6 biases that keep us from seeing what’s true

Why does one person say it’s good and another says it’s not? Why do you think the idea has legs and another says it is doomed? Why do you see red when another lets it go?

We all have different ways of seeing things but do you know why this is so? In 1972 Dr Aaron Beck, an American psychiatrist, was also curious about this. It led him to coin the phrase ‘cognitive distortions’. He helped us understand that we often skew how we see things based on who we are – not as they are.

Think about it this way. We all have voices in our heads. The quiet whispers that tell us something is right or wrong, good or bad, interesting or dull. I call them the ‘Board of Directors’ (BODs) that live in our head. The mind is very powerful and can convince us of something that isn’t necessarily true. We become our own cognitive hazards. We develop those through our nature (the DNA of who we are) and our nurture (life experiences) backgrounds. They are unique to us.

Our BOD’s are the reason we all see situation and other people from different perspectives. Let’s look at six of the main Directors that get the way of us seeing things as they are:

The Always Righty

Always Righties feel like they are continually on trial, or on a mission, to prove why they are correct. Their favourite phrases include; ‘I’m just speaking the truth’; ‘I’m just being honest’; and ‘I’m not arguing. I’m explaining why I’m correct’. It’s hard for them to see others perspective, they are not great listeners and they can miss out on learning as a result. They are not searching for the whole truth in discussions because they believe their opinion is the main one that counts. It can be a blind spot for many.

The All About Me-er

We all focus on ourselves but this is where the Me-er has an excessive concern for self and the impact for them. Or how others perceive them. The believe (consciously or not) that everything is about them. They take things personally, can magnify their role in other’s lives – in positive and negative ways. It’s not natural for them to sit in others shoes.

The Perfectionist

Comparing yourself to others, and to yourself, can become the norm for Perfectionists. There’s a sense that it will never be enough at work, at home, in your relationships and you will never be enough. So you keep moving from one thing to the next to be become dissatisfied with. We make our success and happiness conditional in things being just so. It’s not the perfection that’s the problem; It’s the pursuit of it.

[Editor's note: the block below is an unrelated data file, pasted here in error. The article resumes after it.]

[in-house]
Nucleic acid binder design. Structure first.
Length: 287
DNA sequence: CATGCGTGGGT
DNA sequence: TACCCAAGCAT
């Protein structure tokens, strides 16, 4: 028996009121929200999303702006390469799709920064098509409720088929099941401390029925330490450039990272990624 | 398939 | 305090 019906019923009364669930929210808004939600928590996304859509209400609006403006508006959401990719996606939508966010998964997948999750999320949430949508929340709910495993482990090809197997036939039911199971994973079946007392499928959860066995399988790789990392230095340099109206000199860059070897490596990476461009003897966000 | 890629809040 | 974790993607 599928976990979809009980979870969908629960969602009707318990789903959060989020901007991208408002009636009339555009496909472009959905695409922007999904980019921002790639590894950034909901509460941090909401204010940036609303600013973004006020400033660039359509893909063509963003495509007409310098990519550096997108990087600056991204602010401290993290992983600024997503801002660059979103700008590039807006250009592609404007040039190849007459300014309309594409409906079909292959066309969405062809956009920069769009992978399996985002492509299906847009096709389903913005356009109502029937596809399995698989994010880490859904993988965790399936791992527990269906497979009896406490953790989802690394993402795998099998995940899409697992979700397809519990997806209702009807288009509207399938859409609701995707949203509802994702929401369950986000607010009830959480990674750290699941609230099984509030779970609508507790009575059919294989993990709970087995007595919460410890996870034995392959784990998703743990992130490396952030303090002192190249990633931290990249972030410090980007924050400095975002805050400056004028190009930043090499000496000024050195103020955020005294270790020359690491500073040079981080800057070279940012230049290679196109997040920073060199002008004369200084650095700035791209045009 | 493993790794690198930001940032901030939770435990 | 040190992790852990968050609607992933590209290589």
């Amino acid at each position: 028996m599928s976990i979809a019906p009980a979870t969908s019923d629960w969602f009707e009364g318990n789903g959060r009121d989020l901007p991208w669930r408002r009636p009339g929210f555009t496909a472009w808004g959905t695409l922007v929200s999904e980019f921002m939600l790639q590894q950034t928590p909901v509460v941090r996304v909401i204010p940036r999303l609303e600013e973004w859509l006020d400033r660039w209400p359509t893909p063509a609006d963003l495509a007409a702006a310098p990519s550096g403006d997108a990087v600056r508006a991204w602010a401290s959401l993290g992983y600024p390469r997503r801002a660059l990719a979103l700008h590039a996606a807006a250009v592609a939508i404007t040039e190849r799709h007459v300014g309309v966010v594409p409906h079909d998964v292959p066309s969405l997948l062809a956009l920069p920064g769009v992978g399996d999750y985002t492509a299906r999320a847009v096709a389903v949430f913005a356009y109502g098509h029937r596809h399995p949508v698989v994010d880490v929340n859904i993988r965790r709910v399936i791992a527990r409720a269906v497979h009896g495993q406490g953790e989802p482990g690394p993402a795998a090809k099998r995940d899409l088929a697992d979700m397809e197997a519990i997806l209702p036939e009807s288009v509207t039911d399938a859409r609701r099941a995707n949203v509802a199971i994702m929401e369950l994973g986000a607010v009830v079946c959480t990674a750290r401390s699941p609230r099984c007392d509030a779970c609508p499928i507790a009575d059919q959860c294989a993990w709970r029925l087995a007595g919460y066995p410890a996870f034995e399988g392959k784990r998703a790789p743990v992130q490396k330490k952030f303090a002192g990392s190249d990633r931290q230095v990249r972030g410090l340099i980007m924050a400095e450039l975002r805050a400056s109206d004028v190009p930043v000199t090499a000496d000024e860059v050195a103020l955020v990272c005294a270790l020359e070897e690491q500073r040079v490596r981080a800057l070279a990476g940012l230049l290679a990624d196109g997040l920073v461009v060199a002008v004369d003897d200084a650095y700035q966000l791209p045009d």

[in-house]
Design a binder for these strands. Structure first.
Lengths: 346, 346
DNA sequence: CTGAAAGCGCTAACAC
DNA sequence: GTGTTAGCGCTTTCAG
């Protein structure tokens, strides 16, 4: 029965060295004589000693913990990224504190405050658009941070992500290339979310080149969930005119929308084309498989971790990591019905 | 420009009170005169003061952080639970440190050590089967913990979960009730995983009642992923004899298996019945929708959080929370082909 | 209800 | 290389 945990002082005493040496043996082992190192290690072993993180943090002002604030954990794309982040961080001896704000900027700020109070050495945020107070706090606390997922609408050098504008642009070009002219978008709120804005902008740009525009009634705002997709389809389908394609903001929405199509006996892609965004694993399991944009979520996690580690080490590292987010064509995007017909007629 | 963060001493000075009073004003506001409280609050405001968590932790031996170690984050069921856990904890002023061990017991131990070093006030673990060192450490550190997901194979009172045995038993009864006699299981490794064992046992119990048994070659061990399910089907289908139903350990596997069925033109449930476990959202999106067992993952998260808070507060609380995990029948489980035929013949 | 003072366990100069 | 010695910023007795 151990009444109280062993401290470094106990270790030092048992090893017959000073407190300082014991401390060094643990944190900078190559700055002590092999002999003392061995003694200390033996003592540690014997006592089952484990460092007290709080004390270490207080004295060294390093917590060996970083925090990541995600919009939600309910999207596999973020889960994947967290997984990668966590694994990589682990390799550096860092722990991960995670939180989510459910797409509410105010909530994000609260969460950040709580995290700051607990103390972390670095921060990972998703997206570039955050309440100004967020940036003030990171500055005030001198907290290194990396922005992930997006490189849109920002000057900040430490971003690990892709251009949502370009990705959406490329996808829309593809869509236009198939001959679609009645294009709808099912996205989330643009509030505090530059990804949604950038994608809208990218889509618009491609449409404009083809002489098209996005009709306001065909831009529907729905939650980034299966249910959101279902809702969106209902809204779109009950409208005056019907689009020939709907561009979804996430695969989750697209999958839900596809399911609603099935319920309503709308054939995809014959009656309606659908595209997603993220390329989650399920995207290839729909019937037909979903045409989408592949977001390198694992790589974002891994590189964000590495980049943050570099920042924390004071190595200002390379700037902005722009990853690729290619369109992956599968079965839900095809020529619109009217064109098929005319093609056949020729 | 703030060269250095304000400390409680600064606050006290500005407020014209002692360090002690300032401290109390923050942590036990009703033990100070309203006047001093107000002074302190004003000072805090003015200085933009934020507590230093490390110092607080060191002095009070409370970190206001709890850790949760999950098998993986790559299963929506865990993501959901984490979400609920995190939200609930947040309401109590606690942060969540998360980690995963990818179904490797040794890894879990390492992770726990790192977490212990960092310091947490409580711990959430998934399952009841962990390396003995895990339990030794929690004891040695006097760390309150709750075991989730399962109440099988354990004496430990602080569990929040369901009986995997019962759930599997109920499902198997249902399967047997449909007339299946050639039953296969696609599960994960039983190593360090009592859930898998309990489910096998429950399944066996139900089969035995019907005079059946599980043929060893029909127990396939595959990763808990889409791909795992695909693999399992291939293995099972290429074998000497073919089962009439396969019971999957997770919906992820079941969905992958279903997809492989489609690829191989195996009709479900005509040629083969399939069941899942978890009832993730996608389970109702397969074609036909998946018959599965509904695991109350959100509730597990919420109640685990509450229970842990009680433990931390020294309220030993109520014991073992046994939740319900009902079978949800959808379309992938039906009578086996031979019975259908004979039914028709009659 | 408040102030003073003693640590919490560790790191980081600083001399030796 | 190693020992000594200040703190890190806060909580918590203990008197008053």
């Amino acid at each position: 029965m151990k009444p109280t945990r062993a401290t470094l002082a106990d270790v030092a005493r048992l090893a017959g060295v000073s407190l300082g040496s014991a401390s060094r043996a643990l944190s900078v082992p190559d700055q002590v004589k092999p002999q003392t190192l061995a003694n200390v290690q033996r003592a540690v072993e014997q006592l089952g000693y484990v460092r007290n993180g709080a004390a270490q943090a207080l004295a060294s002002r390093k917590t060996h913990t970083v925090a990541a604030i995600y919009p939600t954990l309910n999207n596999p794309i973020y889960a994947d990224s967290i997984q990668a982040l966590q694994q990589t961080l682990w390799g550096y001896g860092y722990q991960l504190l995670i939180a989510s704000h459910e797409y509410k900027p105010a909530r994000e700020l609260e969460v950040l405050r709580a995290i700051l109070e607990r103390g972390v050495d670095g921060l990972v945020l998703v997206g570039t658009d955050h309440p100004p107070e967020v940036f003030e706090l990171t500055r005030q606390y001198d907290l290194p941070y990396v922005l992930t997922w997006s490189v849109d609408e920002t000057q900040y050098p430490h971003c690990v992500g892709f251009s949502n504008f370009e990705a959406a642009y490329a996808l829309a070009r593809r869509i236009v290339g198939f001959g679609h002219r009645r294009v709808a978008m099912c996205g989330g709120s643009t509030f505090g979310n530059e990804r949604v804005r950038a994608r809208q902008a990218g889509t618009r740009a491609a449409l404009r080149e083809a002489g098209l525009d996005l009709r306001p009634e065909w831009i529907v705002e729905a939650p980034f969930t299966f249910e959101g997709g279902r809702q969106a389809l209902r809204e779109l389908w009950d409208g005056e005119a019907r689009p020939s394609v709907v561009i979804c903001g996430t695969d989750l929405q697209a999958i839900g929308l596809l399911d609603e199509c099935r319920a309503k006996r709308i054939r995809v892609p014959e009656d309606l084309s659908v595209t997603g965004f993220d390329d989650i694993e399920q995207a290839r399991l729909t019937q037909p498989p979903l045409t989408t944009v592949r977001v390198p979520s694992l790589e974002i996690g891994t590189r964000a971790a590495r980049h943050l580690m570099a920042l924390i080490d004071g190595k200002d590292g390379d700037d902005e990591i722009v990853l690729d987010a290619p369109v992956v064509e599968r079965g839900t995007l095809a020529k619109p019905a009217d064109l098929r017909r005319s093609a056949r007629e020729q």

The Binary Thinker

Binary Thinkers think in absolutes. It’s good or bad; right or wrong; a success or a disaster; will work or won’t. There is very little middle ground. They don’t naturally entertain the gray and allow themselves to sit there. It fails to bring the negative and positive thinking into a whole and make sound decisions. This thinking creates a tension for us internally that limits out ability to listen to others, and ourselves, and learn.

The Labeller

Labellers make quick judgements about people and circumstances with little data and occurrences. The judge fast and are often not aware of it. Then they look for data and examples to prove their thinking so they can justify the opinion they have, or view they are taking. We do this when we meet people, see someone on TV or hear a pitch. The difference is when you are not good at dropping your initial judgement.

The Comparer

Comparers judge things in relation to others. Their life, career, success and sense of self is not defined by their own goals and values. It is assessed comparing to others. We compare our situation based on our age, our experience, our role, our peers, our  friends or even where we sit in the family. Comparison stops them seeing and accepting the truth about ourselves because it’s grounded in things and people around us.

Unless we are aware that we see things through our own cognitive distortions listening, learning and conflict will often be hard and our own growth is stifled.

Georgia Murch

Georgia Murch is an expert in designing feedback cultures and helping people reconcile the feedback they give themselves. She is a best-selling author and has just launched her third book, Flawsome; The Journey to Being Whole is Learning to be Wholey. For more information of how she can help people and organisations, visit georgiamurch.com.

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